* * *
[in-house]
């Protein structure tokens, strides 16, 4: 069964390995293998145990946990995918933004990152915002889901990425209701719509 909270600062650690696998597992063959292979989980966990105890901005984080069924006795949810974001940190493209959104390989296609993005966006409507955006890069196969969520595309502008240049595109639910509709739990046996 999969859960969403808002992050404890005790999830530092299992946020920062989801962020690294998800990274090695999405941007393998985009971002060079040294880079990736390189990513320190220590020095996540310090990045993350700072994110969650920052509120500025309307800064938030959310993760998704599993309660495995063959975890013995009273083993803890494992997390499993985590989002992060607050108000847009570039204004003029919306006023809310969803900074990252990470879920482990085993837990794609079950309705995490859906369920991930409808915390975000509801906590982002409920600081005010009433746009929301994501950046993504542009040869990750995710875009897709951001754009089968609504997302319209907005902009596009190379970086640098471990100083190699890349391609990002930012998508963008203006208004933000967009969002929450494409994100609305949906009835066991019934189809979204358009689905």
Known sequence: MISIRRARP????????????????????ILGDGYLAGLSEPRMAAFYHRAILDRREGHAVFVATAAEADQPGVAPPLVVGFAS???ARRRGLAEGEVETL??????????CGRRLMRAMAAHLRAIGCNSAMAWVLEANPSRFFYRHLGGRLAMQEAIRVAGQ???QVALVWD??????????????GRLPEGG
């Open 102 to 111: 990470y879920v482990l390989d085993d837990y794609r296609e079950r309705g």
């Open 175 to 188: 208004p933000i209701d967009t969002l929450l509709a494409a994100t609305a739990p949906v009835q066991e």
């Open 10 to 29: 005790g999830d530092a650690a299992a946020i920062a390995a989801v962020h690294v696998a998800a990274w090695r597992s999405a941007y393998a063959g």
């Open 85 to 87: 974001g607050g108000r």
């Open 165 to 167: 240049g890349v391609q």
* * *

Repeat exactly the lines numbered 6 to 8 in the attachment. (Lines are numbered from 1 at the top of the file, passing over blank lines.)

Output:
């Open 10 to 29: 005790g999830d530092a650690a299992a946020i920062a390995a989801v962020h690294v696998a998800a990274w090695r597992s999405a941007y393998a063959g």
């Open 85 to 87: 974001g607050g108000r």
């Open 165 to 167: 240049g890349v391609q």